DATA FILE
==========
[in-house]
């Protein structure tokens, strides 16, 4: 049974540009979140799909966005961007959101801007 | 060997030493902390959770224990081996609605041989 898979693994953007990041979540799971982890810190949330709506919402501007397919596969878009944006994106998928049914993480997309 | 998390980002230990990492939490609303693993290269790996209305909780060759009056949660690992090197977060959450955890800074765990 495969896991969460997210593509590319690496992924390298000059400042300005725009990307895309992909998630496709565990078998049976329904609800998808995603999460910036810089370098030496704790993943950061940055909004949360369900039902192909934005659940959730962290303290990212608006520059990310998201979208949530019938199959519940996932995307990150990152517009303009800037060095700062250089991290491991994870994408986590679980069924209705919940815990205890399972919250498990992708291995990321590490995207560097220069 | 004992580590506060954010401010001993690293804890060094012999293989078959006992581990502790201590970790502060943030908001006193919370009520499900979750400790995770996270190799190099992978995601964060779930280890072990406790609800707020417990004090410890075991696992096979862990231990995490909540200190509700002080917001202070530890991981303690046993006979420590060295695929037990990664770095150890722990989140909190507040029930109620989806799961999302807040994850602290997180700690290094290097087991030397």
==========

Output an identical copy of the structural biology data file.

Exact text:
[in-house]
């Protein structure tokens, strides 16, 4: 049974540009979140799909966005961007959101801007 | 060997030493902390959770224990081996609605041989 898979693994953007990041979540799971982890810190949330709506919402501007397919596969878009944006994106998928049914993480997309 | 998390980002230990990492939490609303693993290269790996209305909780060759009056949660690992090197977060959450955890800074765990 495969896991969460997210593509590319690496992924390298000059400042300005725009990307895309992909998630496709565990078998049976329904609800998808995603999460910036810089370098030496704790993943950061940055909004949360369900039902192909934005659940959730962290303290990212608006520059990310998201979208949530019938199959519940996932995307990150990152517009303009800037060095700062250089991290491991994870994408986590679980069924209705919940815990205890399972919250498990992708291995990321590490995207560097220069 | 004992580590506060954010401010001993690293804890060094012999293989078959006992581990502790201590970790502060943030908001006193919370009520499900979750400790995770996270190799190099992978995601964060779930280890072990406790609800707020417990004090410890075991696992096979862990231990995490909540200190509700002080917001202070530890991981303690046993006979420590060295695929037990990664770095150890722990989140909190507040029930109620989806799961999302807040994850602290997180700690290094290097087991030397």